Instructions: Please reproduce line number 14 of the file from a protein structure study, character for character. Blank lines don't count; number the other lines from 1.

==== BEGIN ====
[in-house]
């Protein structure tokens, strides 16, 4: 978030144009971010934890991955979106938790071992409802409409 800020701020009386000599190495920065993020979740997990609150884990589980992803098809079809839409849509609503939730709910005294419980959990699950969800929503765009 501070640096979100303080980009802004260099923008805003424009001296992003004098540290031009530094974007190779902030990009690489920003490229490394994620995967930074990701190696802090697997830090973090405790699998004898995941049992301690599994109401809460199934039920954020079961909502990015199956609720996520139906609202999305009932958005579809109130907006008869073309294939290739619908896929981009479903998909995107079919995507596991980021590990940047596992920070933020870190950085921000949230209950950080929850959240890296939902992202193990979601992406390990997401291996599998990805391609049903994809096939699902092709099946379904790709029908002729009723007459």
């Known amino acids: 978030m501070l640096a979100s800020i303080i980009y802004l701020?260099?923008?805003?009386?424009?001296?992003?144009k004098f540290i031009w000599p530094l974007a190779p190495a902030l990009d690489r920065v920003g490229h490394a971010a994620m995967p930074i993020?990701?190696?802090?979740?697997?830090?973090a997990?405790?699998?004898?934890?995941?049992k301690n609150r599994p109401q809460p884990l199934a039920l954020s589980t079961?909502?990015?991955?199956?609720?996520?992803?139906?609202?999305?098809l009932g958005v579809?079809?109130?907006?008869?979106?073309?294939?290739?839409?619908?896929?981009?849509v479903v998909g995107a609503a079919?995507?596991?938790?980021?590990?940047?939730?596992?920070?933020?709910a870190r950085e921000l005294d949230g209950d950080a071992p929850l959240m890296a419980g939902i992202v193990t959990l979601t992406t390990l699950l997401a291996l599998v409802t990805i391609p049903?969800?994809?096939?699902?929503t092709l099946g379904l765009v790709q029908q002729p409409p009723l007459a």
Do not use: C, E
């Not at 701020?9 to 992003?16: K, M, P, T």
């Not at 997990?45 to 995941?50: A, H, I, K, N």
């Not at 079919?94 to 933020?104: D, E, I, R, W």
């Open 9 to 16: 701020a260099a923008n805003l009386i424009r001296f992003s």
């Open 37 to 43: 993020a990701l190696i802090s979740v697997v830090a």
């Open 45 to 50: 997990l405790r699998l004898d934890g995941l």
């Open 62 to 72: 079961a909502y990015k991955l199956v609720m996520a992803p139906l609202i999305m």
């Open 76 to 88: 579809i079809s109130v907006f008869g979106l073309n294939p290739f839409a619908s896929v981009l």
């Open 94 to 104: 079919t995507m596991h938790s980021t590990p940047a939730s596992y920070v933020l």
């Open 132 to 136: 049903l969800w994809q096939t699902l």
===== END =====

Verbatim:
């Open 132 to 136: 049903l969800w994809q096939t699902l």